ypman
ypman

I can totally understand Ms. Hagerty's enthusiasm for their new restaurant.  I am not an OG fan, but for a period of time I lived in rural Montana and would have loved it if one were nearby.  Our town was only 600 people and we had to drive more than 60 miles to a city of any size.  Having grown up here on the gulf what I missed the most was seafood.  We could get great trout etc. up there but not shrimp or crab.  What I would have given for someplace like Red Lobster.  No they are not award winning seafood, just like OG is not award winning Italian, but sometimes it is better than nothing. 

We did have some good places, in particular Chico Hot Springs which is quite well known, however price prohibited it from being a regular stopping place. 

People need to get off their high horses and let others enjoy what they enjoy, even if they think it is an abomination.  

Clumsy Plumsy
Clumsy Plumsy

I don't disagree with anything in your write-up, but I gotta ask... earlier, didn't @eatingourwords re-tweet the Onion comparison to your followers the same as some of the commentators you're critiquing?

I mean, I know a re-tweet is not necessarily an endorsement but surely there were classier ways of bringing attention to the issue...

Katharine Shilcutt
Katharine Shilcutt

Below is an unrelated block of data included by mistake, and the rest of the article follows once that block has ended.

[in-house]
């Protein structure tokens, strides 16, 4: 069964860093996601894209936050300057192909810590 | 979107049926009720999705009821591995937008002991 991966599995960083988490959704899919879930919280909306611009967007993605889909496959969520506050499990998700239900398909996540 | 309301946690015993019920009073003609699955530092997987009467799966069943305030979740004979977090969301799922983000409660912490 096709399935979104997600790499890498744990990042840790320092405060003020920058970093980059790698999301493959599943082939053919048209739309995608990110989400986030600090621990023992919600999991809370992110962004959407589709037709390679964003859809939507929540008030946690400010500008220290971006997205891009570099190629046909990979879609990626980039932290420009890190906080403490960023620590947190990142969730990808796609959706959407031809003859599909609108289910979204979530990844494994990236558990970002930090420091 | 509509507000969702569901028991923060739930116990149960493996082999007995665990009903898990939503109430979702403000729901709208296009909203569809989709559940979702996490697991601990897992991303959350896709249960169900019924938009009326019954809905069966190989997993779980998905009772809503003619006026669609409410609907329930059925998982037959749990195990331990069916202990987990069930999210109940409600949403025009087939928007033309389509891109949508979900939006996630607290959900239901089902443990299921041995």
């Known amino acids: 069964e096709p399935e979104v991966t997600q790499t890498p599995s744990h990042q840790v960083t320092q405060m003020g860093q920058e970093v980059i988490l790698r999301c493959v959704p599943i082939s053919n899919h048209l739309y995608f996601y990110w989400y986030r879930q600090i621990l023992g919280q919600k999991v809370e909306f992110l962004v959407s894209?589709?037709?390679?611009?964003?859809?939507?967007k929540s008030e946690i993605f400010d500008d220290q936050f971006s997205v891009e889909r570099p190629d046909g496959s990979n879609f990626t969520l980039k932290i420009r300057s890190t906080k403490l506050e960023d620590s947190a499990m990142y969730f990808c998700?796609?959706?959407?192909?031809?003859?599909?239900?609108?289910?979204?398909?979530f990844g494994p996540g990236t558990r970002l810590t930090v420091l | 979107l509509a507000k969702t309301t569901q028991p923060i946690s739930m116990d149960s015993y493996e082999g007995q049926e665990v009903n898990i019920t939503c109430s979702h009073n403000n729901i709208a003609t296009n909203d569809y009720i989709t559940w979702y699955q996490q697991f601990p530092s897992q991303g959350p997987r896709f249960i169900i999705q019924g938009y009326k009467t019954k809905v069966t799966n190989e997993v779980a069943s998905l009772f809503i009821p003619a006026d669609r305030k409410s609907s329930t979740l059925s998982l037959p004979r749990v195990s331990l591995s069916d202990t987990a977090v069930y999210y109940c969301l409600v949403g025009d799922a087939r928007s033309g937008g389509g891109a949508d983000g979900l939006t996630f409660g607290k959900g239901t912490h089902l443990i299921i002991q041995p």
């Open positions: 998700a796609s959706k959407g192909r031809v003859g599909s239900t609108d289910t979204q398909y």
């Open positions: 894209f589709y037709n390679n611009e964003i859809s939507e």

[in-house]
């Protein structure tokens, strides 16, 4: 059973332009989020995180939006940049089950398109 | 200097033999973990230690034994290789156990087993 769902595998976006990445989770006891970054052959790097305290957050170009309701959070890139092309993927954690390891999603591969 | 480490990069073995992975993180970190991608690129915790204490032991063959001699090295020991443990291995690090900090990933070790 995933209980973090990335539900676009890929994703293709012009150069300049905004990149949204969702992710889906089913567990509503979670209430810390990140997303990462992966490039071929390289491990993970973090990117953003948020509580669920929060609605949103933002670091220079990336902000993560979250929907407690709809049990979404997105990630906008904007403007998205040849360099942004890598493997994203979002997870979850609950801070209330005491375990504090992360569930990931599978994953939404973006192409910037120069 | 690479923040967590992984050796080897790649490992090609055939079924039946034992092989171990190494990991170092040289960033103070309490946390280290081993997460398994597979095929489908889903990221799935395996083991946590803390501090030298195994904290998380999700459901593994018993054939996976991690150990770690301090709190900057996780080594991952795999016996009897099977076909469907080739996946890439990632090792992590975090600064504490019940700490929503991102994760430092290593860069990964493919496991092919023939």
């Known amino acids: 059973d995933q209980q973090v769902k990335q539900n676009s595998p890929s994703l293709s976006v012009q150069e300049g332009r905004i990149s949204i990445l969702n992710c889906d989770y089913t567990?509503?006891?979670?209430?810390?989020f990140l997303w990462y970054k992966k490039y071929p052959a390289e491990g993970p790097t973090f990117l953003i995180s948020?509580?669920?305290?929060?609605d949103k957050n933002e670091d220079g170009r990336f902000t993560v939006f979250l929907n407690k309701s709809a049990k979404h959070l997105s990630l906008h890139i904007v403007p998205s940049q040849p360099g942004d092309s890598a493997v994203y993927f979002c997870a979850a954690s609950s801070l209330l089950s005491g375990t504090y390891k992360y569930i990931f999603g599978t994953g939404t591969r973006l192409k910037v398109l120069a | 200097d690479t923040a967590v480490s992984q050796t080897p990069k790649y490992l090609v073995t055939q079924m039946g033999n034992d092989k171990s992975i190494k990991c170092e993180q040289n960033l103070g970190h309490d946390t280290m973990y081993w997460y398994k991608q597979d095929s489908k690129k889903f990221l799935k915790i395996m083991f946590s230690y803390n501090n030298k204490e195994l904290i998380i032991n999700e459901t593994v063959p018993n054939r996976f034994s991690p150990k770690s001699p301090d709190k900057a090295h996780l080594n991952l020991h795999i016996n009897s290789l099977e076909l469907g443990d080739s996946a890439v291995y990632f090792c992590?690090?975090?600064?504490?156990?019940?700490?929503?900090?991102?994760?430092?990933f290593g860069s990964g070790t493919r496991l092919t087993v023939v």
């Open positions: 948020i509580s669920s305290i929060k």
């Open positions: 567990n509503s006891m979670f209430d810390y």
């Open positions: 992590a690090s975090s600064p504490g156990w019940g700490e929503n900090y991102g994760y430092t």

You said it, just like it says on our Twitter page: "a re-tweet is not an endorsement." I RT things all the time from the EOW account that I don't necessarily agree with as a means of bringing interesting and/or controversial topics to our followers' attention.

Clumsy Plumsy
Clumsy Plumsy

Ah, I didn't know that was your official policy on re-tweets (I was just speaking in general in my original comment). Good to know.

Lecantu
Lecantu

We shit our pants when we got a chilis in rosenberg like, 10 years ago. People died I think.

Erik Mattheis
Erik Mattheis

It's OK to be jaded and amused about the appearance Olive Garden enthusiasm regardless of where it is. One doesn't need to search the Interwebs to safely assume that actual good food can be found in every slightly urban area these days  ... and a microbrewery and brewpub if City Hall allows it. Possibly with the exception of everything sort of close to DFW.